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exhausted death march

Carl (aka Mr. 1500) was one of the first people I heard of when I learned about FIRE. His early story goes something like this… 

  • He was having a terrible time at work 
  • He googled early retirement and found Mr. Money Mustache 
  • He then set his own goal to retire in 1500 days  

But, this isn’t the part I was most interested in. 

I started pursuing FI after Carl retired early, and I was even more inspired by his reflections after he reached FI. In fact, he called his journey a “death march to financial independence” and recommended not doing the same thing. 

Carl was one of a handful of early FI bloggers who were starting to tell people to slow down and enjoy the journey. If the early FI bloggers were telling us this, I knew we needed to listen. They had valuable life experiences that I could learn from. 

Carl was one of the early “Fioneers” who helped us create our philosophy, that “the journey to FI should be as remarkable as the destination.”  

This is why I was so excited when Carl agreed to participate in a Slow FI interview to share what he would have done differently along his path to FI. 

I hope you are as inspired by Carl’s insights as I am. 

1. Tell me about you. 

I’m a 47-year-old human living in Longmont, Colorado. I have a wife and two children who sometimes resort to physical violence to settle their differences.

girls fighting
Violence! Just another day in the 1500 household.

I was the first one in my family to go to college, graduating with degrees in Biology and Chemistry. These majors and good interviewing skills will get you a nice job at Starbucks or Taco Bell and nothing more. Fortunately, I discovered that I liked writing code and became a software developer.

We were living a pretty normal life until 2012 when I discovered FIRE…

2. Why did you decide to pursue financial independence in the first place?  

I first stumbled across the FIRE movement in October of 2012 at the ripe young age of 38.

I was having an extremely bad run at work. I wrote code for a medical device and thought that I had introduced a bug that could injure a patient. The stress was overwhelming. I barely ate for a week. The situation turned out to not be that bad, but it caused me loads of stress. 

While this was happening, I googled something like:

How do I retire early?

This led me to the Mr. Money Mustache (Peter Adeney) blog. At first, I thought that I had discovered a scam:

Who retires in their 30s? This is ridiculous! 

But I persisted.

After reading Pete’s article about the 4% Rule, I knew that FIRE was the real deal and started pursuing it full-throttle (fortunately, my wife Mindy was fully onboard). 

Mindy and I didn’t want to live like Pete (who has a budget of $24,000/year), so we would have to save more than him. Our goal was $1,120,000. We would live off of the $1,000,000 and pay off the house with the other $120,000. We later decided not to pay off the mortgage and invest the money.

In an unexpected twist, Mindy went back to work just as I was leaving. She fell into her dream job in the strangest of ways. This has allowed us to pad our numbers since we’re not in the withdrawal stage yet.

3. How did you approach your FI journey?

When I discovered FIRE way back on that no-good-very-bad October day, Mindy and I had already saved over $500,000 and had $150,000 in home equity. Much of this came from live-in home flipping.

While we had a big head start, that wasn’t enough money to quit. 

Since I wanted to get to financial independence as fast as possible, we took additional actions:

  • We sold our fancy home 4 bedroom/4 bathroom home ($405,000) and moved to a crusty fixer-upper ($176,000).
  • We started tracking our spending more closely than ever. It was at that time we discovered we were blowing more money than we would have guessed. Whoops!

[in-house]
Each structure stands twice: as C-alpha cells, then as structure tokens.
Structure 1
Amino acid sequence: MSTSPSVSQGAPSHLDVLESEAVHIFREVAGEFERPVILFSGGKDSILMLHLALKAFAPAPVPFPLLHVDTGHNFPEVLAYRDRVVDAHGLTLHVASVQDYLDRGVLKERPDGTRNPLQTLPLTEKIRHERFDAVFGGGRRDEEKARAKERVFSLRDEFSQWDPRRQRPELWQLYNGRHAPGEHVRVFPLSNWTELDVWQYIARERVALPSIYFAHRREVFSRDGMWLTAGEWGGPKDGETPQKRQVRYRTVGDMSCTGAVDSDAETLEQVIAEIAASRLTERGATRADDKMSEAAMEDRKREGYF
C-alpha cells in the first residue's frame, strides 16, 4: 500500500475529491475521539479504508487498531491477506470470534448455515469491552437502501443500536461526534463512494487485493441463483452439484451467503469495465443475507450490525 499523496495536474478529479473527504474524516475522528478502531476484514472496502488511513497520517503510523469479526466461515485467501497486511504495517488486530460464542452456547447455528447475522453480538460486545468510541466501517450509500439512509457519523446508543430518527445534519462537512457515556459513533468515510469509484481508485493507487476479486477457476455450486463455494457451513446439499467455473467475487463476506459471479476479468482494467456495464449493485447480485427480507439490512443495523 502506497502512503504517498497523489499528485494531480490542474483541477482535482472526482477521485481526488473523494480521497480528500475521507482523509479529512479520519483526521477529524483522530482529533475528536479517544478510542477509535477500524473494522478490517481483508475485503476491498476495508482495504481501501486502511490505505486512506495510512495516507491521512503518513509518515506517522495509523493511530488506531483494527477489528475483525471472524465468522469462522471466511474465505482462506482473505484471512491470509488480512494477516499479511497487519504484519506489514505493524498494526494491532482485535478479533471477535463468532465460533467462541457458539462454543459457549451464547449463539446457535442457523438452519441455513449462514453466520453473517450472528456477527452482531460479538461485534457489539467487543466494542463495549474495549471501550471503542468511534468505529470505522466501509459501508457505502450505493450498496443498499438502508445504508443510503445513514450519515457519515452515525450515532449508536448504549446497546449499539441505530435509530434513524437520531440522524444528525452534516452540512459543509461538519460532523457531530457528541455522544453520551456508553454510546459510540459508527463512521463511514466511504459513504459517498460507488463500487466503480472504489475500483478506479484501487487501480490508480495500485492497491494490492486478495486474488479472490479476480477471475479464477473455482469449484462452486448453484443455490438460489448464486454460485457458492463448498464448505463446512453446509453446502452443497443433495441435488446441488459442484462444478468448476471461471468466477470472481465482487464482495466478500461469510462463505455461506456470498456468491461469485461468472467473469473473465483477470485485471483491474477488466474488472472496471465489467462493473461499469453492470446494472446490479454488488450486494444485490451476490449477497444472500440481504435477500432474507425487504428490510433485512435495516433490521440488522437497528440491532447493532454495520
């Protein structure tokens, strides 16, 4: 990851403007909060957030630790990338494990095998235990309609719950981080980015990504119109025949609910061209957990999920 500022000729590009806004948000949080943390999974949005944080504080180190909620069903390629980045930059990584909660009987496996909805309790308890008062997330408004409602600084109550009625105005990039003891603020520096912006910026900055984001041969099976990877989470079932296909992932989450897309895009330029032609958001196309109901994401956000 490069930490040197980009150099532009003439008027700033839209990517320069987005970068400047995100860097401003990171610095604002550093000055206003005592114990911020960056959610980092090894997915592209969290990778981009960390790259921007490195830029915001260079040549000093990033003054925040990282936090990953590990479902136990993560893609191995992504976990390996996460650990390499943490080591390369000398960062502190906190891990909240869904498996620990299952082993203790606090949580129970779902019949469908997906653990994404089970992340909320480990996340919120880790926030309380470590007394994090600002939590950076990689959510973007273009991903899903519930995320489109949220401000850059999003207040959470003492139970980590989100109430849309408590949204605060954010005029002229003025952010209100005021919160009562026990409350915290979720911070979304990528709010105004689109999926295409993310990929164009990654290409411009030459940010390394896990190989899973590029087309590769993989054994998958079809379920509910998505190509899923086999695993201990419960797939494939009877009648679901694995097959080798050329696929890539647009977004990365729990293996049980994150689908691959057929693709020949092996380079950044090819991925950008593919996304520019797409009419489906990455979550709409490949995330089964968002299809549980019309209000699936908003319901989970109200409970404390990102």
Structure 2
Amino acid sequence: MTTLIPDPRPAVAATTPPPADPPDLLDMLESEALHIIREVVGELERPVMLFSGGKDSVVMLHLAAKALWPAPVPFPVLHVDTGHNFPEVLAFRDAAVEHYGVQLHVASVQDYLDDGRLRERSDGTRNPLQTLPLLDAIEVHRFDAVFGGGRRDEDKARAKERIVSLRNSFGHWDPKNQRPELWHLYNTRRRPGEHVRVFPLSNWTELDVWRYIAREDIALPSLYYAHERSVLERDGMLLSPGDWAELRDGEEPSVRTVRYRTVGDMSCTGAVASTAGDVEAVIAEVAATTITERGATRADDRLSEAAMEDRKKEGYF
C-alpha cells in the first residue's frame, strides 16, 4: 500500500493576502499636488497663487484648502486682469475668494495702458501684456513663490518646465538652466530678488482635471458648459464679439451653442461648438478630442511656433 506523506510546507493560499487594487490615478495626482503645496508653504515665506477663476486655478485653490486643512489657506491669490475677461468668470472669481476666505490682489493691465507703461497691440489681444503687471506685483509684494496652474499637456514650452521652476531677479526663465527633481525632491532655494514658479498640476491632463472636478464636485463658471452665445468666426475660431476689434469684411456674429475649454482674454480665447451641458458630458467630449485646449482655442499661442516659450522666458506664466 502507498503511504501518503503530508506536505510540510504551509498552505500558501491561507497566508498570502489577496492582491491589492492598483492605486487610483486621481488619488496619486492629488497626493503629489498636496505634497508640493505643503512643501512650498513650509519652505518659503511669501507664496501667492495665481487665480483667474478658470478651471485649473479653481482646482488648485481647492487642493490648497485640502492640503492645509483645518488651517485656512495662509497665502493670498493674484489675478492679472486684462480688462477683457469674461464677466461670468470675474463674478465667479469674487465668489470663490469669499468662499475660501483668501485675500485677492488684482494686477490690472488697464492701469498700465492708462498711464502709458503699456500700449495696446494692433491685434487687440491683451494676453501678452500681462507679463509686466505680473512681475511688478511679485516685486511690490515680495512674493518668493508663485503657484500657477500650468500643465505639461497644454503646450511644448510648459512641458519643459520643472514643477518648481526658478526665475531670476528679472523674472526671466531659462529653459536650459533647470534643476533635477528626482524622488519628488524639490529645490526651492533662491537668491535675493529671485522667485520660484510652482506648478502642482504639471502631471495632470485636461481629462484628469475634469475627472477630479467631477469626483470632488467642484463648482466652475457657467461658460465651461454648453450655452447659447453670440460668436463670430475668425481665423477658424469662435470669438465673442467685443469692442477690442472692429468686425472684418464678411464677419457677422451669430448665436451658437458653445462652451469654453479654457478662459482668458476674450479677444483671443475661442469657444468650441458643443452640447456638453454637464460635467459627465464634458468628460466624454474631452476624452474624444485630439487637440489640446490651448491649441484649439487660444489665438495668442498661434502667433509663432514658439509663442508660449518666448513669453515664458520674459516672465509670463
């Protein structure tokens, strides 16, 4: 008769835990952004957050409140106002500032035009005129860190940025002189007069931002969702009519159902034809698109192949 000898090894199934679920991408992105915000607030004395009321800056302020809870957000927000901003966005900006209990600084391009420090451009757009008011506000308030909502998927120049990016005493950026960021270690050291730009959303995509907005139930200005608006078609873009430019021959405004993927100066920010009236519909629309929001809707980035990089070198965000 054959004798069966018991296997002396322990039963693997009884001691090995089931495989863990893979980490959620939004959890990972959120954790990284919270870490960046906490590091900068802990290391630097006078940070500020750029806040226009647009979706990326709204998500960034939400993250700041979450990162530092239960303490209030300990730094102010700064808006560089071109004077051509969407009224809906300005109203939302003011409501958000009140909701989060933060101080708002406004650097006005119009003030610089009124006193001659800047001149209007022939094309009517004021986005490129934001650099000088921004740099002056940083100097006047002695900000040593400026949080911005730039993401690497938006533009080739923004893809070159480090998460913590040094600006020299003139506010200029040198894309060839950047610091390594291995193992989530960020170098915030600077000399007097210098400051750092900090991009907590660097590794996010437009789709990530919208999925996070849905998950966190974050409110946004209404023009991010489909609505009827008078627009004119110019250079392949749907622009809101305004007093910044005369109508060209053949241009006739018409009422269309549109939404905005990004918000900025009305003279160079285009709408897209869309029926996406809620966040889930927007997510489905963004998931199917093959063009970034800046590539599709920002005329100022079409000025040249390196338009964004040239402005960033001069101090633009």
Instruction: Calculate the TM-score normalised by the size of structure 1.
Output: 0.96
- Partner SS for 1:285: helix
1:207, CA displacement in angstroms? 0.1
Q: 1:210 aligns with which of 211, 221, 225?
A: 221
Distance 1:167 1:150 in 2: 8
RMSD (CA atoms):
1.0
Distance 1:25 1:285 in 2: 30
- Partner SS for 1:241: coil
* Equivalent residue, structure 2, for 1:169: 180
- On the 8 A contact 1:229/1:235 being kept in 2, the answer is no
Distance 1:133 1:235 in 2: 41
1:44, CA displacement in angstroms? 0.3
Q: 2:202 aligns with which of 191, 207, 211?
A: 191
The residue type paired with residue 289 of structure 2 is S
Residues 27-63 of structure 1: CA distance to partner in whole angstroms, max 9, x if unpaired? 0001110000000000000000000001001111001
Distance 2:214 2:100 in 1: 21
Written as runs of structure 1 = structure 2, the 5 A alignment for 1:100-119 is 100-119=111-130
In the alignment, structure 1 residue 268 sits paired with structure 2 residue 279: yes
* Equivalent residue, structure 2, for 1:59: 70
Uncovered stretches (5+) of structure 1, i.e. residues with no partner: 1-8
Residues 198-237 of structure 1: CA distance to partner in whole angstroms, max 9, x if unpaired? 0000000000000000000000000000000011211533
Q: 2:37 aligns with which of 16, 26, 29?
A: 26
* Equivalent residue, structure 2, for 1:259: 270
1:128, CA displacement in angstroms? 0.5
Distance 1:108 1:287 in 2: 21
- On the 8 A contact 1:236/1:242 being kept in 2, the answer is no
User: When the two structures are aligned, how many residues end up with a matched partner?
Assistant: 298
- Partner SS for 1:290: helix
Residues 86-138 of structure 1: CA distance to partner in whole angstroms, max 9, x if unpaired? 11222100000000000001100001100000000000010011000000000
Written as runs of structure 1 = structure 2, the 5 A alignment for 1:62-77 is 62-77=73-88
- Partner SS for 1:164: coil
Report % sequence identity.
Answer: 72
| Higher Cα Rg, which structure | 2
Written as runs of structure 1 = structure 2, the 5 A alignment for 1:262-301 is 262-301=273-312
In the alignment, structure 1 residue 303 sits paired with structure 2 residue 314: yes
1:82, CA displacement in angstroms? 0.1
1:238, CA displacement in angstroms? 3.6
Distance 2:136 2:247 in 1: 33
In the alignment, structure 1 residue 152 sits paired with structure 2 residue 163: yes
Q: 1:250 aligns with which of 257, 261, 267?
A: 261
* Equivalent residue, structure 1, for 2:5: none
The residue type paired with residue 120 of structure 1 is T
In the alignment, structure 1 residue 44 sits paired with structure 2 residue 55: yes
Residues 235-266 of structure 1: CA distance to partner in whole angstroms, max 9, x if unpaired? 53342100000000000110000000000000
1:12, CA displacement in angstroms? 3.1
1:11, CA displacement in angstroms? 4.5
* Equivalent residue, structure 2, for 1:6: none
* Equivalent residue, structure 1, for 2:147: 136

• We turned the crusty house into something awesome. This was great for the finances, but not so great for life. More on that in a bit…
home repair
Starting from the bottom left and moving counter-clockwise; before, during, and after construction

4. When did you reach FI?  Was that timeline different than you originally thought?  

We hit our FI number in 2016, so it only took 3 years. This was much faster than I had planned. With a 10% return and aggressive saving, I had thought our journey would take about 1500 days (a little over 4 years). We reached the finish line over a year ahead. 

We had a healthy stock market and some luck picking individual stocks (I don’t recommend this!) to thank for reaching the finish line early.

However, I didn’t actually quit my job until April of 2017.

I felt a bit like the dog that catches the car:

Now what?

I had been running away from a bad situation, but what was I running to? You can’t just work for a couple of decades of your life, quit, and then retire to your couch. I had no idea what came next and that thought gave me stress. I didn’t want to be bored, so I stayed at work.

5. Was there anything that happened along your journey that shifted your perspective about FI? Did it cause you to speed up or slow down your path? 

No. I was convinced that FI would solve my problems, so I went full-throttle the entire time with no rest.

I worked a full-time job (40 hours per week), worked on our live-in flip (20-50 hours per week), worked on my blog (5-10 hours per week), and had two young children at home.

This. Was. Not. Smart. Do not repeat!

chaos home repairs
Yes, we lived here while this was going on

6. Is there anything you regret about taking such a fast journey to FI? 

Pretty much everything! I worked like a crazy person to achieve a monetary goal and didn’t do much of anything else. 

This conversation happened about 1,000,000 times:

  • Friend: Did you see what happened on <insert zombie TV show> last night?
  • Me: Ummm yeah, we moved 2 years ago and the TV is still in the box.

Or this:

  • Friend: Let’s go hiking this weekend.
  • Me: I can’t. I have to work on the house.

I don’t regret not keeping up with TV, but I should have kept up with my health. And I should have kept up with life. I call this part of my life the death march to financial independence.

I delayed happiness because I thought that it was worth it for FI. Turns out, I wasn’t any happier after achieving it.

7. If you knew then what you know now, what would you have done differently on your journey to FI? 

I thought that FI would fix all of my problems:

How I felt before leaving work

And then I’d leave work!

yay celebrate